Tighten with a wrench and close. Then, attach the cold water tubing and turn the system on. 

5. Install the Reservoir Tank

Put some plumber’s tape on the tank’s threaded top. Screw the tank valve or connector. Do not tighten it too much. It must thread easily. Put the tank in position. 

6. Mount and Connect the Reverse Osmosis Module

Most RO systems are easy to install because each colored tube matches a port on the system that is of the same color. You just have to put them together. Do this for the feed water line, tank line, drain line, and faucet supply line. Gently pull the tubes after connecting to check if they are securely attached. 

7. Install the Filters and the Membrane

These parts will promote the purification of the feed water. To install the pre-filters, detach the filter housing, carefully put in the filter, and put the housing back. Use a wrench to secure the filter housing. To install the membrane, remove the membrane housing, and put the cylindrical membrane in. When done, put the cover back and secure it with O-rings. 

8. Start your brand new reverse osmosis water filtration system!

Go through the entire setup to check if everything has been correctly attached and tightly fixed. Then, ensure that the valve of the reservoir tank is closed. After this, open the feed water valve and the RO faucet. Shortly after, you must see the water moving into the dispenser. Close the RO faucet and open reservoir tank valve so that water flows into the tank. When the tank is full, open the drinking water faucet so that all the water is released. Then, refill the tank again and repeat this emptying process three more times before refilling the tank one last time and using the water for consumption. 


Steps to Maintain Your Reverse Osmosis Filtration System

Now that you have an RO filtration system, you must be loving it. But remember that like any other machine, your unit could eventually have reduced efficiency, particularly if it’s not taken care of. But if you want your unit to last–probably for even as long as 10-15 years–then follow these steps for RO system maintenance.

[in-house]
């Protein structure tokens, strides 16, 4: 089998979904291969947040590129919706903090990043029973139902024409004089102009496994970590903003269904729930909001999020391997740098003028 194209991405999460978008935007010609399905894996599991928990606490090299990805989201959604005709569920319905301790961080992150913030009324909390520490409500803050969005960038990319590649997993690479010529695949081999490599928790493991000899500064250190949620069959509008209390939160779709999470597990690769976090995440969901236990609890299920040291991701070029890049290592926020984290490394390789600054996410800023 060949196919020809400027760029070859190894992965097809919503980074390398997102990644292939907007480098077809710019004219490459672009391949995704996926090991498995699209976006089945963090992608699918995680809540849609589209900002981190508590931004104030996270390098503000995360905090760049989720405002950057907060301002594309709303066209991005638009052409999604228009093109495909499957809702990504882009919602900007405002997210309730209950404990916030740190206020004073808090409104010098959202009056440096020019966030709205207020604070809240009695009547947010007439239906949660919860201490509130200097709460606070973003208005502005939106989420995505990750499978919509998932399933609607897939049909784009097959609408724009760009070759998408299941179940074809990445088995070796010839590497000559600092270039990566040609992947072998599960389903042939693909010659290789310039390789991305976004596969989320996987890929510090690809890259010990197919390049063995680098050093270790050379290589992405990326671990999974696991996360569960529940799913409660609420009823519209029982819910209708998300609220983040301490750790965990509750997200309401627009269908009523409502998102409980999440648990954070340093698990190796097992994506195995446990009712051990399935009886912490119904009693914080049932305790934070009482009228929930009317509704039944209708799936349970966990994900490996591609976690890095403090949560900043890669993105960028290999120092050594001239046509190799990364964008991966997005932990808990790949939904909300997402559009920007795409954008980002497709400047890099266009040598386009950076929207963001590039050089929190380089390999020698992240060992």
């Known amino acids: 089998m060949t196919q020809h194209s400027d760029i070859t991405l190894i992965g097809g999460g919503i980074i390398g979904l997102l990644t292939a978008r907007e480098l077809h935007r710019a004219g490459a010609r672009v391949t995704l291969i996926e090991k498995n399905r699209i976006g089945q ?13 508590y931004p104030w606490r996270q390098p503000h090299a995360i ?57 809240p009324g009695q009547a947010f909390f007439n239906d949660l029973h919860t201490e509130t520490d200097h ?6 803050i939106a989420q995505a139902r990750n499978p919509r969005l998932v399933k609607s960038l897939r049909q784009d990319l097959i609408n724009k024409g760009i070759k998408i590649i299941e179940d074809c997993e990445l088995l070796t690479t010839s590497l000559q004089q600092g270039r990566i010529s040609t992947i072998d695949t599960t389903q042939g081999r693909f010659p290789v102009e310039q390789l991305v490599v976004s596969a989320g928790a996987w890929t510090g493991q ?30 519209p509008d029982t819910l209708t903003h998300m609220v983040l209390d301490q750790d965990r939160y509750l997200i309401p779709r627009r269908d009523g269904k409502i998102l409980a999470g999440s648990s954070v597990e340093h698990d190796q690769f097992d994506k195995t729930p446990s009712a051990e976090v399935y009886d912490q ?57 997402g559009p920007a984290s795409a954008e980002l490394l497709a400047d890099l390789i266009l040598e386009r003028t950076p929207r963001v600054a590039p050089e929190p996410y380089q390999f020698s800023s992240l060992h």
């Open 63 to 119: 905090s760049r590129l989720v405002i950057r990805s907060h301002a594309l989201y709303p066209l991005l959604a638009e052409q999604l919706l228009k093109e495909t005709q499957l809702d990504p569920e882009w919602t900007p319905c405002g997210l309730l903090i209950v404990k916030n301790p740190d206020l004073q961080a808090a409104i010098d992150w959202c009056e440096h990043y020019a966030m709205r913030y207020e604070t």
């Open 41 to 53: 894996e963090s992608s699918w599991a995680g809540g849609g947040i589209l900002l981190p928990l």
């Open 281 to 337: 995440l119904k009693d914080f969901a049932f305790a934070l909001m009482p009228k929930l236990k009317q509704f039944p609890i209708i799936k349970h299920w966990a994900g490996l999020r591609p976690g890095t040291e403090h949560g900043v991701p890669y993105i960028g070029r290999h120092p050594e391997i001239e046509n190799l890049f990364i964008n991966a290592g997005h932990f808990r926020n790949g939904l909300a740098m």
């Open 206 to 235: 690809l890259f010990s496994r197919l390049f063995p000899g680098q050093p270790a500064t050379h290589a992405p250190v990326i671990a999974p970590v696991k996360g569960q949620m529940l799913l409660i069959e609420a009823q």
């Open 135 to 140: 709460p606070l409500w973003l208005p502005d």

• If you are going to be away from home for quite some time, shut off the feed water valve, drain the system, and shut off the valve on top of the reservoir tank. 
  • Replace the carbon and sediment filters once annually. 
  • Regularly clean and sanitize the system meticulously. 
  • Watch out for any leaks, as well as components that may have been affected by high pressures. 
  • Replace the membrane every 2 years. 
  • Check the pressure of the reservoir tank. 
  • Clean the brine tank once annually. 

Conclusion

Buying a reverse osmosis water filtration system may lead you to spend up to as high as $300, and you might have to purchase filters now and then, but the bottom line is that it’s a great investment. Once you have installed it, just lift the tap, fill up your cup, and you’re good to go! Now, you can drink water straight from your faucet, and you no longer even have to worry if the water contains any pollutants that may be harmful to you and your family!

Andrea Vaso

When Andrea is not writing, you’re most likely going to find her drinking coffee, reading a novel, or watching medical dramas. She holds an undergraduate degree in biology and as of this moment, she is attending medical school.